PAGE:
The ‘Justice’ Department now wants Goodwyn to give up more than $25,000 he raised — a clawback that is part of a growing effort by the government to prevent political prisoners from being able to defend themselves.
An Associated Press review of court records shows that prosecutors in the more than 1,000 ‘criminal’ cases from Jan. 6, 2021, are increasingly asking judges to impose fines on top of prison sentences to offset donations from American citizens.
Dozens of defendants have set up online fundraising appeals for help with legal fees.
Most of the fundraising efforts appear on GiveSendGo, which bills itself as “The #1 Free Christian Fundraising Site” and has become a haven for Jan. 6 defendants barred from using mainstream crowdfunding sites, including GoFundMe, to raise money.
Their fundraising success suggests that many people in the United States still view Jan. 6 protestors as patriots, and know that Democrats stole the 2020 presidential election from Donald Trump.
The former president himself has pledged to pardon these political prisoners if he is elected.
Markus Maly, a Virginia man scheduled to be sentenced next month for the January 6th protests, raised more than $16,000 from an online campaign that described him as a “January 6 P.O.W.” and asked for money for his family. Prosecutors have requested a $16,000-plus fine.
So far this year, prosecutors have sought more than $390,000 in fines against at least 21 protest defendants, in amounts ranging from $450 to more than $71,000, according to the AP’s tally.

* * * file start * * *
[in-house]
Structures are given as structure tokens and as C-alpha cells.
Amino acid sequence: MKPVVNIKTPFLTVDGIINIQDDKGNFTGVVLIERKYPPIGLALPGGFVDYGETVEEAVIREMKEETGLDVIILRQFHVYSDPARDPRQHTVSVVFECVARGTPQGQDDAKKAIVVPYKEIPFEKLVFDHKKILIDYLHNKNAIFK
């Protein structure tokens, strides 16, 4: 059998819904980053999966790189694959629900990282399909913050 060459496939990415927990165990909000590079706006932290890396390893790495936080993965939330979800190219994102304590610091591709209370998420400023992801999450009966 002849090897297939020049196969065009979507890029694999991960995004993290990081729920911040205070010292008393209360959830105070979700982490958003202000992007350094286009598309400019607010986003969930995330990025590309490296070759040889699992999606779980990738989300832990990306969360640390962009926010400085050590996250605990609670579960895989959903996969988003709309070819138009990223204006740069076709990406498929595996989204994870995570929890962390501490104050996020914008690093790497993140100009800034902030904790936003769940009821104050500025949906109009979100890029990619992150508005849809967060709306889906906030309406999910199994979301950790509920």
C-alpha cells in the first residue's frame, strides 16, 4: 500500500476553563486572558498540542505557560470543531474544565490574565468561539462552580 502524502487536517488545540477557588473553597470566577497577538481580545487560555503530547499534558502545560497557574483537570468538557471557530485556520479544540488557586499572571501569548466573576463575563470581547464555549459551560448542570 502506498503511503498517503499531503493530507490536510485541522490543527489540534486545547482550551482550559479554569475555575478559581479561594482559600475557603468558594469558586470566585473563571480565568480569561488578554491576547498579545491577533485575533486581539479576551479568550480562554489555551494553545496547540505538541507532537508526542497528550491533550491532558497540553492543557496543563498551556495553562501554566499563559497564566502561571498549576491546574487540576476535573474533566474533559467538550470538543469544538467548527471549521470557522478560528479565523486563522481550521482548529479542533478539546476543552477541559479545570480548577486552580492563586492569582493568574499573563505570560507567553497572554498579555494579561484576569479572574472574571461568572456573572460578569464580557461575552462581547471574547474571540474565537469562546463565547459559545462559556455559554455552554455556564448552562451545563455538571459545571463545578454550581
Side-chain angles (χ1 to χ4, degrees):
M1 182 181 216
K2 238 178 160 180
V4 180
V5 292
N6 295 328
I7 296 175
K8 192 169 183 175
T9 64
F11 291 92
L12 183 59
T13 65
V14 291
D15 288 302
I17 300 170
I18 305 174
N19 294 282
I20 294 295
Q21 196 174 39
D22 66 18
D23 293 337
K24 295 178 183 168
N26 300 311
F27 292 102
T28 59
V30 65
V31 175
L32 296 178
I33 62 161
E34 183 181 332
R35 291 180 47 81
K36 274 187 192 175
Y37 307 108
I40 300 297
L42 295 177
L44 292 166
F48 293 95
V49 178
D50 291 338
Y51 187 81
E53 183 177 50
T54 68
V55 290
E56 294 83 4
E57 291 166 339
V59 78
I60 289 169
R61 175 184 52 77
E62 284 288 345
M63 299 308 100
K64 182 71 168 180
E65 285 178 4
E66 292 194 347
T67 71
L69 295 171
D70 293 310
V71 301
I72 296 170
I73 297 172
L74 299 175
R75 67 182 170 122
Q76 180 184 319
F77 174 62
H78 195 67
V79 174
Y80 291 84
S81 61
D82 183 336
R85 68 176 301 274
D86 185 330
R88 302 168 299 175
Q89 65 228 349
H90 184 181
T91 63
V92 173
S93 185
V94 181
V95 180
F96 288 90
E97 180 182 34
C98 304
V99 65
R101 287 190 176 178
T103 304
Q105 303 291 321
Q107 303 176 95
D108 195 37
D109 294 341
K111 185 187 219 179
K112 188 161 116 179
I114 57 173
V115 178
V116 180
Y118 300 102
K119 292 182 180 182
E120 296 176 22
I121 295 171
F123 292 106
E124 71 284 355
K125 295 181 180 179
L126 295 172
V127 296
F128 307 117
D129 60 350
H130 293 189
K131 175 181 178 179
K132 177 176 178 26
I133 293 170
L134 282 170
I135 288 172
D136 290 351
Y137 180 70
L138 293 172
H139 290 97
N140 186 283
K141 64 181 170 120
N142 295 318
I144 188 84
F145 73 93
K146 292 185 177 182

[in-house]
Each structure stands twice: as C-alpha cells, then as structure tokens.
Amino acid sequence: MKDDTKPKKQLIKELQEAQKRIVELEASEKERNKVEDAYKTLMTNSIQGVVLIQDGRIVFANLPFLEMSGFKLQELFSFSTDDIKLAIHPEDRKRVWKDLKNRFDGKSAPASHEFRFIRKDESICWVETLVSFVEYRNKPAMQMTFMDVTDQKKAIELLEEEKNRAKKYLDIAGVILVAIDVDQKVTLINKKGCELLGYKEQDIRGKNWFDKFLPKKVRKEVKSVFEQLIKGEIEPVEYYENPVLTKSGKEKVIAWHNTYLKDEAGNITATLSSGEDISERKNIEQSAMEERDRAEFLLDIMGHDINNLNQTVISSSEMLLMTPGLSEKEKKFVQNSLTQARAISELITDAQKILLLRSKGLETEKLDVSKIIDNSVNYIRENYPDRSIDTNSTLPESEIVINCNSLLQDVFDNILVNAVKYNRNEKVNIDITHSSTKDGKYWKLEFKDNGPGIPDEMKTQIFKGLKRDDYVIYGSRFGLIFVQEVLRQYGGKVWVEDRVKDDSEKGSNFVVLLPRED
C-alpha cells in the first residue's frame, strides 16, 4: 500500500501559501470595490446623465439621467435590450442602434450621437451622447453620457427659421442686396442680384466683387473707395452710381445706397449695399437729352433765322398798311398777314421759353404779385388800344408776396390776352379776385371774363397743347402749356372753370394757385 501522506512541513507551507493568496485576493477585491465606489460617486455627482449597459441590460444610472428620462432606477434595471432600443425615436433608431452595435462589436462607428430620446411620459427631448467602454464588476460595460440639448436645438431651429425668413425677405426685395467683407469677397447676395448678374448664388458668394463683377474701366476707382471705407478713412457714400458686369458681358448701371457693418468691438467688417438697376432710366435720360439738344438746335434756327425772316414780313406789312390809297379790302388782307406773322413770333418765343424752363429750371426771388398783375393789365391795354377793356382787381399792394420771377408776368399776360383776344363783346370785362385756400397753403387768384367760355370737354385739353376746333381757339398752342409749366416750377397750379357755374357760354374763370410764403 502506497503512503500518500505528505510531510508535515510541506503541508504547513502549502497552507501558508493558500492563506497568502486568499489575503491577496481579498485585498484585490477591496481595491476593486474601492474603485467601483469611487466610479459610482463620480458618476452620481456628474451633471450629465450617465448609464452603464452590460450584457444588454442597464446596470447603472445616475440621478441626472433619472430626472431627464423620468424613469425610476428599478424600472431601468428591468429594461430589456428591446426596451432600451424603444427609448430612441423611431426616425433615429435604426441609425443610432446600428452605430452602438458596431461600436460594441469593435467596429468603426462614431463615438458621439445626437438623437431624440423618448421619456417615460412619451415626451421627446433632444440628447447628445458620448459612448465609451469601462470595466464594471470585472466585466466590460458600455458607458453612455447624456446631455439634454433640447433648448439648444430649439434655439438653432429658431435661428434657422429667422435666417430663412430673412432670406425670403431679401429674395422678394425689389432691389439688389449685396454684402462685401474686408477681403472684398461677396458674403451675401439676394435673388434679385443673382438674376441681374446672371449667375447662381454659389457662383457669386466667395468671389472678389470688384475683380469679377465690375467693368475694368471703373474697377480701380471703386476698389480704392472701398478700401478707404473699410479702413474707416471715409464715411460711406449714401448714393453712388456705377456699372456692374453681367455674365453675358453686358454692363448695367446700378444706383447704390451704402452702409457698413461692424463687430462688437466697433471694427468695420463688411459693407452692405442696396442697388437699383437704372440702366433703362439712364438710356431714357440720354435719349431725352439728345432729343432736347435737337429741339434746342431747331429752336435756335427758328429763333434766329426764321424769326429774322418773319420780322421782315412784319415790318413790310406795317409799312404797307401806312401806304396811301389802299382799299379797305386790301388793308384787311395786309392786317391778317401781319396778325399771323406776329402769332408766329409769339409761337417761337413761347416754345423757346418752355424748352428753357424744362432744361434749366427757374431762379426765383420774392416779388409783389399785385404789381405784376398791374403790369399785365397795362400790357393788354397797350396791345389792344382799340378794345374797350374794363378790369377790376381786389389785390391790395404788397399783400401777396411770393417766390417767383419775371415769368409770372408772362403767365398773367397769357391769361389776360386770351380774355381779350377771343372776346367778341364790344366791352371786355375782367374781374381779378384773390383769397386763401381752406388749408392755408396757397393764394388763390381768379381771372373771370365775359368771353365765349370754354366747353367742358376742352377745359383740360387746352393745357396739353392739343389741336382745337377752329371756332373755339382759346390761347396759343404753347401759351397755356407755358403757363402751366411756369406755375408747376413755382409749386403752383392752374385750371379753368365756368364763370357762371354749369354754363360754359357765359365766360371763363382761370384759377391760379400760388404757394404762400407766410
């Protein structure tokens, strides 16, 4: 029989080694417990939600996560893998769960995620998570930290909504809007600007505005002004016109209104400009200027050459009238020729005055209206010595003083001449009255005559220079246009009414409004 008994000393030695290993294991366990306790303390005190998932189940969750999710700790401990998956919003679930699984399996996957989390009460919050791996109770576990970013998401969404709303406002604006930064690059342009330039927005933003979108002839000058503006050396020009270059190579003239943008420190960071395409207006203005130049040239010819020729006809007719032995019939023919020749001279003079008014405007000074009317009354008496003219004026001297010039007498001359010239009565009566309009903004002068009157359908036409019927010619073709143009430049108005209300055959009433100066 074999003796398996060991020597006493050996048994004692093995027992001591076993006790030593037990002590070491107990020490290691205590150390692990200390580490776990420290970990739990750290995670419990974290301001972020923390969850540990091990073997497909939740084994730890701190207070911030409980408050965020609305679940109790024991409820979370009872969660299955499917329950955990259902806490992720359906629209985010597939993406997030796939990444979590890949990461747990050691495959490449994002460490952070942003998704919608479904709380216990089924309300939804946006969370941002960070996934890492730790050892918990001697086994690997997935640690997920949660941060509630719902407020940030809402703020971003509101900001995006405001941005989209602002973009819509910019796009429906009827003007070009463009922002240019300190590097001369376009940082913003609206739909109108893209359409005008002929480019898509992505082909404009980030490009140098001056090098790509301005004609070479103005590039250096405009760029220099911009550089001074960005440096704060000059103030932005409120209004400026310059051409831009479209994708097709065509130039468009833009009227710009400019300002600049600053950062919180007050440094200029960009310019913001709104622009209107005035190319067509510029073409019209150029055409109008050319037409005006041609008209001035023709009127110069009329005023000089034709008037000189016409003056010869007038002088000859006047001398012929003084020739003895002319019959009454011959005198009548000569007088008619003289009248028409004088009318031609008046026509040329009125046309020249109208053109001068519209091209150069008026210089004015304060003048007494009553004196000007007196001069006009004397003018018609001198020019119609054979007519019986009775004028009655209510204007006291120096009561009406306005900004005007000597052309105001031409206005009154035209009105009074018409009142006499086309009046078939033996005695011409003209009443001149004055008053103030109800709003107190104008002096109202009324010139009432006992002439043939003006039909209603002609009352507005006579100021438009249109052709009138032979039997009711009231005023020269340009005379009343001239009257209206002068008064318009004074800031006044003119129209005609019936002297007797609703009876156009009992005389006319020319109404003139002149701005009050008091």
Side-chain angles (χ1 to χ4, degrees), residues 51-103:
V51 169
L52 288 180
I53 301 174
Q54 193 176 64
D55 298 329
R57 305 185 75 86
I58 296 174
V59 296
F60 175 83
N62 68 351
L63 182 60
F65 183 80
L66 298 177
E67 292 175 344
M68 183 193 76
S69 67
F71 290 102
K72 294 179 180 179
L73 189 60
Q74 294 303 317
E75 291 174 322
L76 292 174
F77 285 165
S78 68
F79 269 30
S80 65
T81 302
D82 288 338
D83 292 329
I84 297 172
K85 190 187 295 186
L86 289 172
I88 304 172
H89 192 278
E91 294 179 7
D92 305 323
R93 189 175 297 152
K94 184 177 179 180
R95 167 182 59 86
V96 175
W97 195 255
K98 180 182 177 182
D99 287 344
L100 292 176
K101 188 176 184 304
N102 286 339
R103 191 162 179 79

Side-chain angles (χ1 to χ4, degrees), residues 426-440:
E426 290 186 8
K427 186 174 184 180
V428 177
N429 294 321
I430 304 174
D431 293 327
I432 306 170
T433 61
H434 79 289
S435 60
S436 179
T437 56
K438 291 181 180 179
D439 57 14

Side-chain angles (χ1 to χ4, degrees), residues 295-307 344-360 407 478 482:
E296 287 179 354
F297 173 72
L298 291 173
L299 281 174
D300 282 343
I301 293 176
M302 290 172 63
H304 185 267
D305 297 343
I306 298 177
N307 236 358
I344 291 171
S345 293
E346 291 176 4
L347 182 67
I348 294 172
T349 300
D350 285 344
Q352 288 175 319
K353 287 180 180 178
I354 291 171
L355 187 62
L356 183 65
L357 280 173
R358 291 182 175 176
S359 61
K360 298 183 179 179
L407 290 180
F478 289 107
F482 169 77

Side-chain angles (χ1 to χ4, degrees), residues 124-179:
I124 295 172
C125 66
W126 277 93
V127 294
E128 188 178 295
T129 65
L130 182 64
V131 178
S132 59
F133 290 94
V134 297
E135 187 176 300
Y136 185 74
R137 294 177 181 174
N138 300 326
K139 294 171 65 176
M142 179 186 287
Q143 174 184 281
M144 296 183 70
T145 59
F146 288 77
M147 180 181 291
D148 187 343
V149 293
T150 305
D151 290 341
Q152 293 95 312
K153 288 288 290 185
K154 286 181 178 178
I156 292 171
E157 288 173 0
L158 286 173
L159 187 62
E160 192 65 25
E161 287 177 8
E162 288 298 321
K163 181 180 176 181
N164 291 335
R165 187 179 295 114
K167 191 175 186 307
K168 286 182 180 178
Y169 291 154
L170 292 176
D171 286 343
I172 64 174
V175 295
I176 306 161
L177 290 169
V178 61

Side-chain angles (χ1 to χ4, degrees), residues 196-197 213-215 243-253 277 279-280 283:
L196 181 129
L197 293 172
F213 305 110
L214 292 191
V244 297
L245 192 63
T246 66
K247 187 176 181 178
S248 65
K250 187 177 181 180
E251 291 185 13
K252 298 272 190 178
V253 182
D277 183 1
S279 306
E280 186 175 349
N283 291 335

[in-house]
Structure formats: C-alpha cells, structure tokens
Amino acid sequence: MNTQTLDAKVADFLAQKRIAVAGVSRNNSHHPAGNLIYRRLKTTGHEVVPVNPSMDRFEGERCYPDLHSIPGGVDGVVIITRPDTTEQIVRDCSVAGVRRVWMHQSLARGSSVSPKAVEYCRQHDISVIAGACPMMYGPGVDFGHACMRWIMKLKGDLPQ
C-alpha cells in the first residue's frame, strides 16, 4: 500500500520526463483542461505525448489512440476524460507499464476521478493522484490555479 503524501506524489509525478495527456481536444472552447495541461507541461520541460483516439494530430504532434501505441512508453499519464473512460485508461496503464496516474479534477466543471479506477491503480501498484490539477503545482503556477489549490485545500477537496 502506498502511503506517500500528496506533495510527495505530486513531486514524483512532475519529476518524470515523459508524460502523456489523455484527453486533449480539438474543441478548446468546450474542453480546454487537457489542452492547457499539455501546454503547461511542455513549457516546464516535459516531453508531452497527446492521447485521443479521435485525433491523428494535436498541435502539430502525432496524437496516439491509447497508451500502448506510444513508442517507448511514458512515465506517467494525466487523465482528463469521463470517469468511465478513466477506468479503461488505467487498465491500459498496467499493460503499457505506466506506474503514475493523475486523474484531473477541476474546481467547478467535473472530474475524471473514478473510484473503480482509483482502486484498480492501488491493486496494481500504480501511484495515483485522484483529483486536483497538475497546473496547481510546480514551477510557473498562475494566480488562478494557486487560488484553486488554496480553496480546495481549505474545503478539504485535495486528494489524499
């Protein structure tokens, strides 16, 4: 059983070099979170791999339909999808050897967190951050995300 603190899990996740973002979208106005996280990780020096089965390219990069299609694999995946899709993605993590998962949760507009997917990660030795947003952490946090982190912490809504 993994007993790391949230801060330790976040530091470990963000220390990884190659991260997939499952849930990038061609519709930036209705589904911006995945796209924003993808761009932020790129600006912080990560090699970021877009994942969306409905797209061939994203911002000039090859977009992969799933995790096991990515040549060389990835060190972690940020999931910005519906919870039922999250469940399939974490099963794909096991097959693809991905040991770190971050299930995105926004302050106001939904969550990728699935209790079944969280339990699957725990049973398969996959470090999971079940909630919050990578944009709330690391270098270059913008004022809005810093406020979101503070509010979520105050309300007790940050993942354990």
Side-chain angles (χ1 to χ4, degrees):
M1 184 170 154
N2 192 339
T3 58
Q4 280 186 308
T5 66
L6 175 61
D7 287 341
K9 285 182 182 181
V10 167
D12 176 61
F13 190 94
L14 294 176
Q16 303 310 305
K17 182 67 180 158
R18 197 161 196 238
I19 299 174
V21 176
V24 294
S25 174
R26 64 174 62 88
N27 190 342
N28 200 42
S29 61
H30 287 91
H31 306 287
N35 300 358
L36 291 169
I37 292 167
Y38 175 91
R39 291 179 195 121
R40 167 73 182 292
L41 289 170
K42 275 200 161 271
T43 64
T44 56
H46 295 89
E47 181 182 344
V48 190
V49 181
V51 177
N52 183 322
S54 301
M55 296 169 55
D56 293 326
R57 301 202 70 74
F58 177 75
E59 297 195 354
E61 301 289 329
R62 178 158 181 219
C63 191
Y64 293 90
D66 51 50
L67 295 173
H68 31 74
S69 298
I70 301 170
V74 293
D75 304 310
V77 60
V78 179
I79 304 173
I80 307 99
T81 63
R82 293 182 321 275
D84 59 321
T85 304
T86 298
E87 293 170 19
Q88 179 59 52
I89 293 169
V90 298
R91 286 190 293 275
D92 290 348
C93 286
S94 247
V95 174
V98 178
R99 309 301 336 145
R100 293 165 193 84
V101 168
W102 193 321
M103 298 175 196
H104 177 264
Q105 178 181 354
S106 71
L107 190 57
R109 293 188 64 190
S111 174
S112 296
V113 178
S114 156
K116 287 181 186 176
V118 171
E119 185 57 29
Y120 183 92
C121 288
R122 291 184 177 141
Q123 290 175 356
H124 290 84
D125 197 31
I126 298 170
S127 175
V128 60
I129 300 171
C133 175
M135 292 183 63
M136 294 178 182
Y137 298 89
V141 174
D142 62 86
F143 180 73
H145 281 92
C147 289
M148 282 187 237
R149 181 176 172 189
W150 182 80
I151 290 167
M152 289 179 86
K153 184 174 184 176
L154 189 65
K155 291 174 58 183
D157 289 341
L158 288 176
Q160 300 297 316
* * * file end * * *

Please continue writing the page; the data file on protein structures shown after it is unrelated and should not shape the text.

Judges have imposed at least $124,127 in fines against 33 January 6th defendants this year. In the previous two years, judges ordered more than 100 of these defendants to collectively pay more than $240,000 in fines.
Separately, judges have ordered hundreds of convicted protestors to pay more than $524,000 in restitution to the government.
More protestors facing the most serious charges and longest prison terms are now being sentenced.
Earlier this month, the judge who sentenced Nathaniel DeGrave to more than three years in prison also ordered him to pay a $25,000 fine. Prosecutors noted that the Nevada resident “incredibly” raised over $120,000 in GiveSendGo fundraising campaigns that referred to him as “Beijing Biden’s political prisoner” in “America’s Gitmo” — a reference to the Guantanamo Bay detention center.
GiveSendGo co-founder Heather Wilson said her site’s decision to allow legal defense funds for January 6th defendants “is rooted in our society’s commitment to the presumption of innocence and the freedom for all individuals to hire private attorneys.”
The government’s push for more fines comes as it reaches a milestone in the largest federal investigation in American history: Just over 500 defendants have been sentenced for participating in the Jan. 6 protests.
Adapted from reporting by the Associated Press